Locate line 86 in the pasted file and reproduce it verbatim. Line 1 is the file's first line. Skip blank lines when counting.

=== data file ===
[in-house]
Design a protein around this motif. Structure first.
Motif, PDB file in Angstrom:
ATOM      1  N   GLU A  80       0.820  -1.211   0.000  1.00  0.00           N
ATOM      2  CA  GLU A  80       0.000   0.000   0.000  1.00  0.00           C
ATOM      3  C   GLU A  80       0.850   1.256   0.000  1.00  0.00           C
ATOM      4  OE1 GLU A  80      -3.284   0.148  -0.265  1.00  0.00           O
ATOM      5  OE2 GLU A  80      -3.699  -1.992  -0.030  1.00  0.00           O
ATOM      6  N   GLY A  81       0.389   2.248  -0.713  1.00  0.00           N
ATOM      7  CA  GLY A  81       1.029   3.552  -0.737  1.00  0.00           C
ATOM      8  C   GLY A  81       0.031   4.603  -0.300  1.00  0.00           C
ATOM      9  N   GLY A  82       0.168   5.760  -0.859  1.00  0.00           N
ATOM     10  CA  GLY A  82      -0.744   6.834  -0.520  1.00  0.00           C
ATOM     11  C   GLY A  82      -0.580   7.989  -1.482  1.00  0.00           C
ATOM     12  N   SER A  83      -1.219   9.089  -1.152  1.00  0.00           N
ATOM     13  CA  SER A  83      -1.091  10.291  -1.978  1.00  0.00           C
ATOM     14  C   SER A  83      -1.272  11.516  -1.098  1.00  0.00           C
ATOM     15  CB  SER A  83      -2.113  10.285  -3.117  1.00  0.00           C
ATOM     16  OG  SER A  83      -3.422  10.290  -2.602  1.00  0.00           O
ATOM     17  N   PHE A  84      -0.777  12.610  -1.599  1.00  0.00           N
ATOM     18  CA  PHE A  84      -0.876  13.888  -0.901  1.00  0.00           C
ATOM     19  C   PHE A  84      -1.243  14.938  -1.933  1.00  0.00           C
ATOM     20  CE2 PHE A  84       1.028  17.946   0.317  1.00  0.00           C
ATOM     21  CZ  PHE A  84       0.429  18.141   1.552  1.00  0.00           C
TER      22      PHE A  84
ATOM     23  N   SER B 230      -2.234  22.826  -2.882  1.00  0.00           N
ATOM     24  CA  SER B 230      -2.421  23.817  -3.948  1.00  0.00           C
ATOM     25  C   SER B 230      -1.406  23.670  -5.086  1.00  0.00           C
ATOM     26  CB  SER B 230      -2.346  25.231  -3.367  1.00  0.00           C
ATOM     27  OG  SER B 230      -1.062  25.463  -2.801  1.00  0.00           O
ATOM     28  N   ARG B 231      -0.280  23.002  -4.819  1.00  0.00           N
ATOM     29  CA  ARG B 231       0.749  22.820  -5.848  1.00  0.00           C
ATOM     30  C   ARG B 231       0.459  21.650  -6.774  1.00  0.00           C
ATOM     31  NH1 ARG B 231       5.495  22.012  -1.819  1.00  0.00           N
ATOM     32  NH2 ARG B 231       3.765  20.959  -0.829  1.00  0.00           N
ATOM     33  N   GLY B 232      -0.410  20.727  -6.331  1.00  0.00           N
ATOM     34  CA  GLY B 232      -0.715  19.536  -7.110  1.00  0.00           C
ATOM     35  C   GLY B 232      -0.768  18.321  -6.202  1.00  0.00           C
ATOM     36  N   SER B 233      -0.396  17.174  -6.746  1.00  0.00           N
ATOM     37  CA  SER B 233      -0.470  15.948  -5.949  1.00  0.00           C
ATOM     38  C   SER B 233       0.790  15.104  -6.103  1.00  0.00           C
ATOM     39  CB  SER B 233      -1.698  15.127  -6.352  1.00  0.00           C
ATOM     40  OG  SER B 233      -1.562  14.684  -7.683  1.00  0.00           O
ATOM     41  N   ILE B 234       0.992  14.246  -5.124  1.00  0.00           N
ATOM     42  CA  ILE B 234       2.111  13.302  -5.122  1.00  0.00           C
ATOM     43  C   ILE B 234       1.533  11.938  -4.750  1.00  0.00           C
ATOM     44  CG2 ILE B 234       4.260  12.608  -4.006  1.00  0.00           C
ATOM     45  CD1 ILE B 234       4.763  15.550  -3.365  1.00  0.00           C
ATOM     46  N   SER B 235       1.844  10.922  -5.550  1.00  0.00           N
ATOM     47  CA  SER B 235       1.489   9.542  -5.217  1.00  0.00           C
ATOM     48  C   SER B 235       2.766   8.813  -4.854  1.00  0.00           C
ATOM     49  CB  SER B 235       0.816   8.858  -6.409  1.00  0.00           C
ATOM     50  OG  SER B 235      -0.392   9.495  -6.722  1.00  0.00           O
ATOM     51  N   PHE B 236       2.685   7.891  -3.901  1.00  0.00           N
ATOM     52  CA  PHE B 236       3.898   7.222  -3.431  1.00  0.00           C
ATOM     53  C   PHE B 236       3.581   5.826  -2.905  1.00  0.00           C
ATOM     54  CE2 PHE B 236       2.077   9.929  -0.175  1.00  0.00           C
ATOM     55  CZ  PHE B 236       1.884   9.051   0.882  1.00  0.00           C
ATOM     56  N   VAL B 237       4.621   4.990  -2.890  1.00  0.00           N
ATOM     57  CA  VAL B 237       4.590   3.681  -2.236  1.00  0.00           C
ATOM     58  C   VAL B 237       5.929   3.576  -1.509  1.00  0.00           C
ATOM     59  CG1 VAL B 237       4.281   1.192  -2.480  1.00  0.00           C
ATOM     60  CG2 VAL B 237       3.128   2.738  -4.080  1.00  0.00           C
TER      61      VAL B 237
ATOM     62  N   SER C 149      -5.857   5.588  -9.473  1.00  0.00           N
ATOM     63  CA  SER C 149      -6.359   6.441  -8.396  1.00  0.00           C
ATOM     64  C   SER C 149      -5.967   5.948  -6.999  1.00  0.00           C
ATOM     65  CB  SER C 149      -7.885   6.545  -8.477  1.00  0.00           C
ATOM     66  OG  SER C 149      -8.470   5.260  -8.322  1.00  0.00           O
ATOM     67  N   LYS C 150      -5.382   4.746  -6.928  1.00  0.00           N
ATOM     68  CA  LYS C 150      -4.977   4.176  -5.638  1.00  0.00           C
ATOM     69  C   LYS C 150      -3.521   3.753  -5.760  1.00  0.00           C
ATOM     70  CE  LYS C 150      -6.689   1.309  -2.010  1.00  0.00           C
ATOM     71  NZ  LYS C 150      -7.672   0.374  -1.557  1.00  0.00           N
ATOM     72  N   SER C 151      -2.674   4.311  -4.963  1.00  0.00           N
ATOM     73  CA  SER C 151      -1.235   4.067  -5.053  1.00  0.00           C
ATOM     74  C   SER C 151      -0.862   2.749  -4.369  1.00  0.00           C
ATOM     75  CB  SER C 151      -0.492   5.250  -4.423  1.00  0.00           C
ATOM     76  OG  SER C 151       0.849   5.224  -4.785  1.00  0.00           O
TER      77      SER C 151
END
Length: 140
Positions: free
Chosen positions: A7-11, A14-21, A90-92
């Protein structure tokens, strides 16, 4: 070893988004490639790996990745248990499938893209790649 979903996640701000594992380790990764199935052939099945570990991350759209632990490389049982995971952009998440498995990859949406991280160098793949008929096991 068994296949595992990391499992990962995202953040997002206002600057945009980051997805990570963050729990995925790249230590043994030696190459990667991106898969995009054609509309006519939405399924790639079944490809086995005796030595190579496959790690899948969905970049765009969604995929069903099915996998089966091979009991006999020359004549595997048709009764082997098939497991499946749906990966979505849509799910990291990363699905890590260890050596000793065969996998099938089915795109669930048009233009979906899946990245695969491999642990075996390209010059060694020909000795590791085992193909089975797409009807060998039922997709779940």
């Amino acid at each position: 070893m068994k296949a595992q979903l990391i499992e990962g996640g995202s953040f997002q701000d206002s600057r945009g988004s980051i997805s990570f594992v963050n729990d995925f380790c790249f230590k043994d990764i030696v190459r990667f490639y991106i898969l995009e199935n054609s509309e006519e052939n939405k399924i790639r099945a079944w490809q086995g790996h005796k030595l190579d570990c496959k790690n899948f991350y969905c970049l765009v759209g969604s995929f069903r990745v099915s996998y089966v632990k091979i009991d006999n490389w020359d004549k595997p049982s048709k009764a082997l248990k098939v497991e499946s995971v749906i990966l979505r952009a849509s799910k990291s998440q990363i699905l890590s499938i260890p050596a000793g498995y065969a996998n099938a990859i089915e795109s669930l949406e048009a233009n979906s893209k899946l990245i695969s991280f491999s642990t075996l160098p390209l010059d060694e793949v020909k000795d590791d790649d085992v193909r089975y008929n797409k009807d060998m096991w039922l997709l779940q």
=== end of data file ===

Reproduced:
């Amino acid at each position: 070893m068994k296949a595992q979903l990391i499992e990962g996640g995202s953040f997002q701000d206002s600057r945009g988004s980051i997805s990570f594992v963050n729990d995925f380790c790249f230590k043994d990764i030696v190459r990667f490639y991106i898969l995009e199935n054609s509309e006519e052939n939405k399924i790639r099945a079944w490809q086995g790996h005796k030595l190579d570990c496959k790690n899948f991350y969905c970049l765009v759209g969604s995929f069903r990745v099915s996998y089966v632990k091979i009991d006999n490389w020359d004549k595997p049982s048709k009764a082997l248990k098939v497991e499946s995971v749906i990966l979505r952009a849509s799910k990291s998440q990363i699905l890590s499938i260890p050596a000793g498995y065969a996998n099938a990859i089915e795109s669930l949406e048009a233009n979906s893209k899946l990245i695969s991280f491999s642990t075996l160098p390209l010059d060694e793949v020909k000795d590791d790649d085992v193909r089975y008929n797409k009807d060998m096991w039922l997709l779940q």